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# Proc and con of public method for game class

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I assumed to make all the data for class like "Object" or "Scene" private with function to return the one I need. The problem is that it end with dozen of function like "getthisvalue" "returnmethat()" and this doesn''t look good , each time I instanciate this class those function are duplicated in memory even I will usually need 5% of them. Getposition() and such are ok but the other Counterpart is if I make those value public I can access the one I need but I wonder and can''t decide which method is the best and I don''t want to end with half class function and other half public value (or whorse mixed) I had seen whole wrapper and other things and they add all private value saying that it''s better. Why ? Anyone have a thought on this ? performance ? design tips ? Thanks Dan (C++, Dx8)

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The methods are not "duplicated in memory." Functions exist at absolute positions relative to the application offset; methods simply have the restriction of not being valid on non-objects of that class, but that is resolved at compile time. All your nice C++ is converted to assembly and then machine code.

The only valid concern you may have is that function calls just to get a value may have too much overhead. In such instances you can inline the methods (it's often a good idea to inline access methods anyway). You can also eliminate the need for get() and set() functions by having the get() function return a reference.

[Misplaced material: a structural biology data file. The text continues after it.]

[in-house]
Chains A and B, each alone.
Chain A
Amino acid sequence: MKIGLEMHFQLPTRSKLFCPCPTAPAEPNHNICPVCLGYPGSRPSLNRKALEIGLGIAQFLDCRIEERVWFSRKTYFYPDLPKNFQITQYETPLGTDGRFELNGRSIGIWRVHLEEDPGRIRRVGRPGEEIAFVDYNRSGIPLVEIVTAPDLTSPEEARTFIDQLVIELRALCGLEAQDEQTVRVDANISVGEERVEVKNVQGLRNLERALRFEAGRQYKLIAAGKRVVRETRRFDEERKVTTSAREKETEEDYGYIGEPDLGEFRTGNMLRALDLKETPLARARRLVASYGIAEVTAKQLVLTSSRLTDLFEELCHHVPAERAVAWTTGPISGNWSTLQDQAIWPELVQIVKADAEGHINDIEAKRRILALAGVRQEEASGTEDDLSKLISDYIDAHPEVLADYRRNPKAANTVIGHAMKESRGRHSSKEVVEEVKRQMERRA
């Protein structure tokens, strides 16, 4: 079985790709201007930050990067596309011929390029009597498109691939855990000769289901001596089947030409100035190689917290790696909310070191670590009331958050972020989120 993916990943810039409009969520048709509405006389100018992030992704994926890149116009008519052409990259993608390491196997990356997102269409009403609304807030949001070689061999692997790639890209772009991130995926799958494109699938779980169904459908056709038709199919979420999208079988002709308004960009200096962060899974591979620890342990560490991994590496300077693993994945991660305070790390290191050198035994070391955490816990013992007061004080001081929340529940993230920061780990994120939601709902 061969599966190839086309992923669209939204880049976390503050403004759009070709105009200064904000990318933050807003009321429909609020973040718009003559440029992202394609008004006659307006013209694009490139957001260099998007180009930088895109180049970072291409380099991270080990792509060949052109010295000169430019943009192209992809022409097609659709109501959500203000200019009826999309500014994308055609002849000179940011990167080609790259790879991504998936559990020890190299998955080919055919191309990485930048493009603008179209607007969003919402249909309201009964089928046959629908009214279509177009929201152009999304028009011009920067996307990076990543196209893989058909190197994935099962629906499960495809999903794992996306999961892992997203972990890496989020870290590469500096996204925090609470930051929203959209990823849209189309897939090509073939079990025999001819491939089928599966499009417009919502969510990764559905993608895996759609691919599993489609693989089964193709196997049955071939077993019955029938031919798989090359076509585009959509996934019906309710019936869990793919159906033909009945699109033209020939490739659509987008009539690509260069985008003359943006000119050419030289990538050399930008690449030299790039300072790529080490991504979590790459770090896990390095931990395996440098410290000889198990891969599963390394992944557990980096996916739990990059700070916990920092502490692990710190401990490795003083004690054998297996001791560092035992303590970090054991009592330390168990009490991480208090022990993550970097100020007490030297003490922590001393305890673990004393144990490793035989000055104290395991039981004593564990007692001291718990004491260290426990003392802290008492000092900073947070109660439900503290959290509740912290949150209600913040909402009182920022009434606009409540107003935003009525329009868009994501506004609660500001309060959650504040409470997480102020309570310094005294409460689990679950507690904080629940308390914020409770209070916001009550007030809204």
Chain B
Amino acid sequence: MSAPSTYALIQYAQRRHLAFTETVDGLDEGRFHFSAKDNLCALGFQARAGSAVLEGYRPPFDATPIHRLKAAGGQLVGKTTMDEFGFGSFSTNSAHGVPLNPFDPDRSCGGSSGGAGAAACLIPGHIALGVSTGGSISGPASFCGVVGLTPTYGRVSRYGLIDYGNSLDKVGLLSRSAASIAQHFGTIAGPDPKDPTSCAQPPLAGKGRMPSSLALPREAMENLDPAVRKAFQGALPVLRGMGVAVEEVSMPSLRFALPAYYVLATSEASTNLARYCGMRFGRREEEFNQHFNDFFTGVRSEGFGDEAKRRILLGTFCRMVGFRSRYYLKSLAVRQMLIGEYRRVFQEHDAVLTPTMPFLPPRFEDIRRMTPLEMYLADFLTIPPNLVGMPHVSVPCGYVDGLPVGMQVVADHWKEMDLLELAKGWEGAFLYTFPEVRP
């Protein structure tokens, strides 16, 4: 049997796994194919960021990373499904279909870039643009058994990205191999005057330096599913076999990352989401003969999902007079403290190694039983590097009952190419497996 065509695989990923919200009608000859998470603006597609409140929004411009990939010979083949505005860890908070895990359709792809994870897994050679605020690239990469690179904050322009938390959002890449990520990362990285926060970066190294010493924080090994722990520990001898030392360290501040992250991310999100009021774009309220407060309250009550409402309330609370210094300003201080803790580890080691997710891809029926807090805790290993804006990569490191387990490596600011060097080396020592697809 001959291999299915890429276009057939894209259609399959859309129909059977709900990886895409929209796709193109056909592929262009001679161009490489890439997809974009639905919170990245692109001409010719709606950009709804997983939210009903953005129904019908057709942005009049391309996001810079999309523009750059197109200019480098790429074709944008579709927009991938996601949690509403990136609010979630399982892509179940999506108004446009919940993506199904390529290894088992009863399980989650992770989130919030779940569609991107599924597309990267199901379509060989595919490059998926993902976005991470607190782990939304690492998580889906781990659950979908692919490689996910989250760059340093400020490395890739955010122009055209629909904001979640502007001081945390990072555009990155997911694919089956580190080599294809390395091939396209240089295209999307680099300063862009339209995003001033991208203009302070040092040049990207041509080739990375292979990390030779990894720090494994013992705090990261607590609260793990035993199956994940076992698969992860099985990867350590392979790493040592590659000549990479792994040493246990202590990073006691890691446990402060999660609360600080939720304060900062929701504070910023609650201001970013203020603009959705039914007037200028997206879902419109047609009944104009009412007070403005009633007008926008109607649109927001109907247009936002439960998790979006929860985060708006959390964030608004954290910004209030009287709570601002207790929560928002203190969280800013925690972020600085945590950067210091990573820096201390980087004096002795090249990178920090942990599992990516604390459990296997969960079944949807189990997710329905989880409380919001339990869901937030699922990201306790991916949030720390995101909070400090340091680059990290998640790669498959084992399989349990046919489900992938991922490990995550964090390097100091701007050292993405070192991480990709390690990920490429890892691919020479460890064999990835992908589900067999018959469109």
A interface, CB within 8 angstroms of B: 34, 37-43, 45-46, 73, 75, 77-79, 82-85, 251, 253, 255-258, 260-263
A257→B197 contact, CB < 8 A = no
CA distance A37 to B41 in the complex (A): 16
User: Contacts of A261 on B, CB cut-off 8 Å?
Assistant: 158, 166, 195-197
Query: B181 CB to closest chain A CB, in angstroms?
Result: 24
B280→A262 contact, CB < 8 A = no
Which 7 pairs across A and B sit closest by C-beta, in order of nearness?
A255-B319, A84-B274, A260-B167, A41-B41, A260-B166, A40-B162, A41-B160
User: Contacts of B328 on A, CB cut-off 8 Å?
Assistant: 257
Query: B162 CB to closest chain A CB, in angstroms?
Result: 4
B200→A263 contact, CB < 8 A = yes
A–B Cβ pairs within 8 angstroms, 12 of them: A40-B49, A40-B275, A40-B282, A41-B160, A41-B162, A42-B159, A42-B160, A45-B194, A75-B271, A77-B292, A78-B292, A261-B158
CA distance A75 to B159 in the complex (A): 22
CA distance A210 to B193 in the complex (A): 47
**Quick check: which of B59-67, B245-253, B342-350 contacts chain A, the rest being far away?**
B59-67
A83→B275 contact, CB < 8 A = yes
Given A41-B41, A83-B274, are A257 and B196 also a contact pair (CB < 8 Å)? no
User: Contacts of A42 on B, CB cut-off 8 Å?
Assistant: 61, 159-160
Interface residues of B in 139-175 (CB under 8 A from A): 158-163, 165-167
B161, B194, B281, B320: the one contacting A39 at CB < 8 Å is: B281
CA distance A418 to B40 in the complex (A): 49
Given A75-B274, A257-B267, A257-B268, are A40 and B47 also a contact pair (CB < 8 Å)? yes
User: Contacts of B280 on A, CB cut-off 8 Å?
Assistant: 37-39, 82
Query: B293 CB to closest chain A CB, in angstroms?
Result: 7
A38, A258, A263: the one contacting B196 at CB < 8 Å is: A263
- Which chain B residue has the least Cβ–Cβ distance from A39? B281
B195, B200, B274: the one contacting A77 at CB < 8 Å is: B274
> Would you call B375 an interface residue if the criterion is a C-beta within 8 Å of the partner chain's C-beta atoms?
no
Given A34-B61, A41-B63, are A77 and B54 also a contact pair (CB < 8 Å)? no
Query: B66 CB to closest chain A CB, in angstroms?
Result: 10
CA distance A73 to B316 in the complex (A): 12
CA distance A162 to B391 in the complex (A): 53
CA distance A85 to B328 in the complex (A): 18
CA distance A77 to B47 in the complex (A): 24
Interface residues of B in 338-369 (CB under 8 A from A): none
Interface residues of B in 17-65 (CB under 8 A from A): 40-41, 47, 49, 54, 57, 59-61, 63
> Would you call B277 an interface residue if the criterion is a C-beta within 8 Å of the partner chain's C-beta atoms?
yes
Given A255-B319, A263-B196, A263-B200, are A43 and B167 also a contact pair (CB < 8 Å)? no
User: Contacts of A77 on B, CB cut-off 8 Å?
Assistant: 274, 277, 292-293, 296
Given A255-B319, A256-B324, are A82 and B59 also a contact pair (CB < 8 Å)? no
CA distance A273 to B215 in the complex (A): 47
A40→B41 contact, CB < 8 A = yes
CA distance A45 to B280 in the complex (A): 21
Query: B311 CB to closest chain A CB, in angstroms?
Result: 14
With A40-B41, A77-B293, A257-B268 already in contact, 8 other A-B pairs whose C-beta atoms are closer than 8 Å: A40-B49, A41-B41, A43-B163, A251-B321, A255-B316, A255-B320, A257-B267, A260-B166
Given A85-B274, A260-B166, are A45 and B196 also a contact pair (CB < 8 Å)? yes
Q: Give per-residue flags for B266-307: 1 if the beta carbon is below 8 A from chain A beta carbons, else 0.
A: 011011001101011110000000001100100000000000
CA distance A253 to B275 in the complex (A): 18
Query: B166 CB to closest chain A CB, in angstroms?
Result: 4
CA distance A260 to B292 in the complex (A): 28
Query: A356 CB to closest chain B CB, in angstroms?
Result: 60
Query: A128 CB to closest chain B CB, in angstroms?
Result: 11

Edit: benefits of private variables.

Private variable enforce encapsulation and data hiding, which are good principles of OO methodology. They make your calling functions independent of the implementation of the called object (so you can change the internals of your class without affecting programs that call your class, provided the interface - set of methods - remains unchanged).

Edited by - Oluseyi on October 20, 2001 6:58:41 PM

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quote:
Original post by Oluseyi
You can also eliminate the need for get() and set() functions by having the get() function return a reference.

But then you''ve just eliminated the purpose of making the variable private/protected, since you can change it in any way you want through the reference.

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quote:
Original post by Dactylos
But then you've just eliminated the purpose of making the variable private/protected, since you can change it in any way you want through the reference.

Granted - to a point. You may wish to allow free access to the variable, but confirm that it is being given valid values.
// assume class Object has a private data member unsigned int prob// which should vary from 0 - 100 onlyint &Object:: Probability(void) // obviously without the space{  return (prob %= 100);}

This ensures that even if you assign 500 to prob, it will cycle round (and end up as 0). Alternatively you could use min-max to keep it between 0 and 100 without cycling.

Lax designs, I know, but someone may find a use/need for them.

Edit: this smiley code is waaay out of hand.

Edited by - Oluseyi on October 20, 2001 7:16:12 PM

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quote:
Original post by Oluseyi